Four Simple But Effective Conversion Target Calculations

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For over a decade we have been recommending Roth conversions as a method of maximizing the after-tax net worth of our clients. During part of this time we simply estimated the Roth conversion amounts which we thought ideal as best we could. Our estimates were usually much better than doing nothing, but were not as precise as they could be.

In 2015, we developed a complex Roth funding and conversion analysis algorithm which models doing a client’s tax return every year until age 100. The analysis includes tax brackets, alternative minimum tax, inflation, the growth of brokerage and retirement accounts, capital gains, Social Security, Medicare surcharges, required minimum distributions, and other factors. While all projections are still estimates, this analysis catches the often complex interaction between components of the U.S. tax code.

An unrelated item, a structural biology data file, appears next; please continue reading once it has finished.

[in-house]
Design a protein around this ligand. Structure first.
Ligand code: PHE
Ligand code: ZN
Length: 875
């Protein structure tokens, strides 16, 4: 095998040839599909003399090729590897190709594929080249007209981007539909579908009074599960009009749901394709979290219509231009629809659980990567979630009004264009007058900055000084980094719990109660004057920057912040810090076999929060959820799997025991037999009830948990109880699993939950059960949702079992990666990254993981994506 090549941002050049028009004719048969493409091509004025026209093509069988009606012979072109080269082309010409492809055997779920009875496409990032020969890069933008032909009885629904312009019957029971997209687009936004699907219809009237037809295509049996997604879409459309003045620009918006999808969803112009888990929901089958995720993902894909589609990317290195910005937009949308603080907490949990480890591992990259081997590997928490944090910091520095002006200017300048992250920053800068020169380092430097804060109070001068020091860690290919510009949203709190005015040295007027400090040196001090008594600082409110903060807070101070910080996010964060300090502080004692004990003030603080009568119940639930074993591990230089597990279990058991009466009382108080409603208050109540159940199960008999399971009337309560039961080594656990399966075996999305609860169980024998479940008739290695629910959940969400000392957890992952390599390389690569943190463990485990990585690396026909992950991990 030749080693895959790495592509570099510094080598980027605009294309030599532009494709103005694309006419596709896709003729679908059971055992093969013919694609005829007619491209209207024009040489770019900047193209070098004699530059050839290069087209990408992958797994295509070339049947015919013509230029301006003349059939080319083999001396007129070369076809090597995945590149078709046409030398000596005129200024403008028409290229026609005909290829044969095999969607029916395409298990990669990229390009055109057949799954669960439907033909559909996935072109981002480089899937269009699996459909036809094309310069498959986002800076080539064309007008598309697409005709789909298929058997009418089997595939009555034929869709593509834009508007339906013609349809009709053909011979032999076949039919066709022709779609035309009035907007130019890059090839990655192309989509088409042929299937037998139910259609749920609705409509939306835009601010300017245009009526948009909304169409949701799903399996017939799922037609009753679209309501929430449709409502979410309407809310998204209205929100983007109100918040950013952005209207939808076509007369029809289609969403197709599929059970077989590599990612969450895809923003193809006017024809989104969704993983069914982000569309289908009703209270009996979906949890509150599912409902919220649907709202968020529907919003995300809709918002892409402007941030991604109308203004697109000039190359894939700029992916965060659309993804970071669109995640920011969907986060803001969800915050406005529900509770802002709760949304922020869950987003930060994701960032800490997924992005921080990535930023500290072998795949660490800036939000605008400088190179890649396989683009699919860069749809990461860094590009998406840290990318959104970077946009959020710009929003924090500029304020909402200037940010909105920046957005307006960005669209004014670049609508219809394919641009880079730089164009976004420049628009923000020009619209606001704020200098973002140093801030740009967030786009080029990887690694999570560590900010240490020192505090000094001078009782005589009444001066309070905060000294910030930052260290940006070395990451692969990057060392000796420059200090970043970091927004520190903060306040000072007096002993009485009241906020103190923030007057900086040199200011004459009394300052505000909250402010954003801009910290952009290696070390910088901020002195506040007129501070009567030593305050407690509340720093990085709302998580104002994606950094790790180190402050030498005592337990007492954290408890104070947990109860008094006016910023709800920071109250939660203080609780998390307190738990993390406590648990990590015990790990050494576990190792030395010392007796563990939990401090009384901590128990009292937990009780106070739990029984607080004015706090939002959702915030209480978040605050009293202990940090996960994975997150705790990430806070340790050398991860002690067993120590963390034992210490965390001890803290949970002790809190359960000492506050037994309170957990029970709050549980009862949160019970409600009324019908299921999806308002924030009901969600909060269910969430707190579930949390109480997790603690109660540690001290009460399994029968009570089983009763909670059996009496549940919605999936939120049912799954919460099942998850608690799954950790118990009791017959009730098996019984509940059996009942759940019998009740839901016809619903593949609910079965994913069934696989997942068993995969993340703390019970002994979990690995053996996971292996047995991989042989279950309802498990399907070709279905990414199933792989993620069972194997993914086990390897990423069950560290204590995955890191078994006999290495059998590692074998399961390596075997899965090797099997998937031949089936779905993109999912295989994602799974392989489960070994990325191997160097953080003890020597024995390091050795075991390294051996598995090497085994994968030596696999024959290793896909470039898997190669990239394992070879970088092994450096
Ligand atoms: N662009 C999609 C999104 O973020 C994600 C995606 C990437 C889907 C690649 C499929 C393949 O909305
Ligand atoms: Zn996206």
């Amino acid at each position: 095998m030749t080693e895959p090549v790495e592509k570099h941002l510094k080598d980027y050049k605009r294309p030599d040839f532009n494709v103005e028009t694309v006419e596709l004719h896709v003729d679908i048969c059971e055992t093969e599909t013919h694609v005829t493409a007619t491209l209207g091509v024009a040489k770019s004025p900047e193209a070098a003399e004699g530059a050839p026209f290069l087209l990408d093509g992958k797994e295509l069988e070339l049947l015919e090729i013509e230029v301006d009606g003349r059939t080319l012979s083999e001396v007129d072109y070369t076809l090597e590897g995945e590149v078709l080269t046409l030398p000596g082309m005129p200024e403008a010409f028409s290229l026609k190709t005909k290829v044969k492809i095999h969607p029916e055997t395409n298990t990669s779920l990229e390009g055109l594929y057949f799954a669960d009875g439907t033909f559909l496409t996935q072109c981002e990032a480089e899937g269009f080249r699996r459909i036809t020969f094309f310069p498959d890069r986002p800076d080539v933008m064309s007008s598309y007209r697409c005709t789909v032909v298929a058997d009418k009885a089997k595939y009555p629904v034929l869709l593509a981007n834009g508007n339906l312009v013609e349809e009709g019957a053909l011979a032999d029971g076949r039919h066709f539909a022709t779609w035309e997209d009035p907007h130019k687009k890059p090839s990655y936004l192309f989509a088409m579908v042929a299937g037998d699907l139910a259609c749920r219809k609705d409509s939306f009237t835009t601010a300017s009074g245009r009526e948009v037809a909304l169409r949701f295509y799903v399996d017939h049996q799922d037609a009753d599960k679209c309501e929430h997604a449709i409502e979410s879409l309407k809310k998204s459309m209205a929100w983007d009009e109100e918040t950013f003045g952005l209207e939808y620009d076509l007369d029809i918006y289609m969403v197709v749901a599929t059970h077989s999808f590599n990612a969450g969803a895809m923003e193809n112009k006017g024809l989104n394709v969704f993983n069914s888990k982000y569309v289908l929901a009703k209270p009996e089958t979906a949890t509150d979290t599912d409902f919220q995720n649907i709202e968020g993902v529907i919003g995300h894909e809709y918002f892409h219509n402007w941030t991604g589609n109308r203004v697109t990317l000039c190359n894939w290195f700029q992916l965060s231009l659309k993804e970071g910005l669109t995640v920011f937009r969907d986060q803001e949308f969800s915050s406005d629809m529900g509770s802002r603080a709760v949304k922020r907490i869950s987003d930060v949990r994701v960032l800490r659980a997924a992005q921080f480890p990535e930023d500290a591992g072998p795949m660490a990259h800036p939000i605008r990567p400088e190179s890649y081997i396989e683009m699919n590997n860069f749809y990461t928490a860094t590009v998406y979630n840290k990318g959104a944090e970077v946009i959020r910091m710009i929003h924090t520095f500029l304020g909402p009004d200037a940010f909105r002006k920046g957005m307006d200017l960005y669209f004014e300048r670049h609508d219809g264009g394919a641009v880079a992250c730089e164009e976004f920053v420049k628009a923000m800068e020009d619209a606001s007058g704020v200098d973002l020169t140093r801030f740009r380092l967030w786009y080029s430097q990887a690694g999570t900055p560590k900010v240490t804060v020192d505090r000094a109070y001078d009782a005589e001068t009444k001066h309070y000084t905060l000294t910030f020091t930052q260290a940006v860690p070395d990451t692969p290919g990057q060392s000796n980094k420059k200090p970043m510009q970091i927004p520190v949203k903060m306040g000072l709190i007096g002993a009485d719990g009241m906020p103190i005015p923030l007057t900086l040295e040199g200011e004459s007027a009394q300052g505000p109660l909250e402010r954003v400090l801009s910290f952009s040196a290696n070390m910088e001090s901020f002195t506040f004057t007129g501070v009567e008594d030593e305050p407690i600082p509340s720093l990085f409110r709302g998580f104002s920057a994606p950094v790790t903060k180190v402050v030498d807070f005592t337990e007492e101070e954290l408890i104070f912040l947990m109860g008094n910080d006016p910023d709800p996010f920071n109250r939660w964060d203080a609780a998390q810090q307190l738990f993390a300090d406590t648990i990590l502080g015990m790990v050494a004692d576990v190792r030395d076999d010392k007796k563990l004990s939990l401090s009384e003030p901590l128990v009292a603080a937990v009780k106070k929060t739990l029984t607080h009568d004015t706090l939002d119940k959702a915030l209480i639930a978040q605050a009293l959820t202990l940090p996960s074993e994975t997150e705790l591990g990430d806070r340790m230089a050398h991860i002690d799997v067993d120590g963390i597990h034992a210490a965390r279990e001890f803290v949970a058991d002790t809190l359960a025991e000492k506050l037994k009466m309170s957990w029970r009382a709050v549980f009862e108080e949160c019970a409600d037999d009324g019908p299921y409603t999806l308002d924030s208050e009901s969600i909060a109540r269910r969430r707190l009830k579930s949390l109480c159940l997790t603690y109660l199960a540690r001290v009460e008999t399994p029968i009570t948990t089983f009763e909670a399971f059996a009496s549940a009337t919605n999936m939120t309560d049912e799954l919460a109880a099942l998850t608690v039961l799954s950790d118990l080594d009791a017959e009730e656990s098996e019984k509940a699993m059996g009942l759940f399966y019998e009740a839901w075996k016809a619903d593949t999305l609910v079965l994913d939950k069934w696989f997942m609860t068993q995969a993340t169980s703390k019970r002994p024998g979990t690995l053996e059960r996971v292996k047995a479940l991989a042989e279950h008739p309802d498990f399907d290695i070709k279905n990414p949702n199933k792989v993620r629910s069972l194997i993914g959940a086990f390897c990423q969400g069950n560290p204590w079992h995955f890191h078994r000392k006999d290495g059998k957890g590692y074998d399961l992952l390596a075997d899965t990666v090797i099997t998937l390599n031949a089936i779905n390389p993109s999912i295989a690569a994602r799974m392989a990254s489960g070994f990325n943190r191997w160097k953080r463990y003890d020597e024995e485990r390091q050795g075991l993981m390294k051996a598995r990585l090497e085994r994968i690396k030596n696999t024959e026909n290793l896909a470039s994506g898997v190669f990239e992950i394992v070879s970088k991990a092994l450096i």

While our simplistic estimates were advantageous to clients, they were not always optimal. With every client where we found a better conversion strategy, we analyzed what tax code interactions produced the optimal recommendation. We even gave names to some of the common conversion strategies.

For our “Comprehensive” clients, we offer these customized Roth conversion target recommendations through our tax review service. Over a client’s lifetime, we believe this service can be worth hundreds of thousands of dollars and in many cases for high net worth clients millions of dollars. But this service can require 4 to 6 hours for a single review depending on the complexity of the client’s situation.

Time consuming services like this were one of the obstacles to launching our “Do-It-Yourself” service level, which has no account minimums. For this reason, we decided to reserve Tax Reviews as premium services only available to our “Comprehensive” service level.